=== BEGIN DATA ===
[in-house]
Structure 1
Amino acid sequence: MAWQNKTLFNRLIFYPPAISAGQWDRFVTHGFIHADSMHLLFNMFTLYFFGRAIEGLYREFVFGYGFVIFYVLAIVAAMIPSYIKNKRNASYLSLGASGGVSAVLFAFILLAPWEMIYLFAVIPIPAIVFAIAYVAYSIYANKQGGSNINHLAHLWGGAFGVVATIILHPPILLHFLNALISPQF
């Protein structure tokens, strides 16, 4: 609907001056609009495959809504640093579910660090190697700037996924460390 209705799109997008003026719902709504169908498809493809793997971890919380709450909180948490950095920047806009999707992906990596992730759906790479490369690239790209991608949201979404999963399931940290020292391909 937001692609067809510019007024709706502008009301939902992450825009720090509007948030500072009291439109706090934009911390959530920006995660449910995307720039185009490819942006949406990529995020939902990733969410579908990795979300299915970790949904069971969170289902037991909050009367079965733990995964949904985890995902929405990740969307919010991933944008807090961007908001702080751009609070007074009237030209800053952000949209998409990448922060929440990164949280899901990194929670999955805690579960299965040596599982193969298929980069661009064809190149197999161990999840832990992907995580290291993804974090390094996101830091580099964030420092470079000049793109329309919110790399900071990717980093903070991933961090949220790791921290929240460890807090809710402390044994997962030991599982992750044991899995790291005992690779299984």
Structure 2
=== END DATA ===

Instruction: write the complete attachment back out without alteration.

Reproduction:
[in-house]
Structure 1
Amino acid sequence: MAWQNKTLFNRLIFYPPAISAGQWDRFVTHGFIHADSMHLLFNMFTLYFFGRAIEGLYREFVFGYGFVIFYVLAIVAAMIPSYIKNKRNASYLSLGASGGVSAVLFAFILLAPWEMIYLFAVIPIPAIVFAIAYVAYSIYANKQGGSNINHLAHLWGGAFGVVATIILHPPILLHFLNALISPQF
């Protein structure tokens, strides 16, 4: 609907001056609009495959809504640093579910660090190697700037996924460390 209705799109997008003026719902709504169908498809493809793997971890919380709450909180948490950095920047806009999707992906990596992730759906790479490369690239790209991608949201979404999963399931940290020292391909 937001692609067809510019007024709706502008009301939902992450825009720090509007948030500072009291439109706090934009911390959530920006995660449910995307720039185009490819942006949406990529995020939902990733969410579908990795979300299915970790949904069971969170289902037991909050009367079965733990995964949904985890995902929405990740969307919010991933944008807090961007908001702080751009609070007074009237030209800053952000949209998409990448922060929440990164949280899901990194929670999955805690579960299965040596599982193969298929980069661009064809190149197999161990999840832990992907995580290291993804974090390094996101830091580099964030420092470079000049793109329309919110790399900071990717980093903070991933961090949220790791921290929240460890807090809710402390044994997962030991599982992750044991899995790291005992690779299984």
Structure 2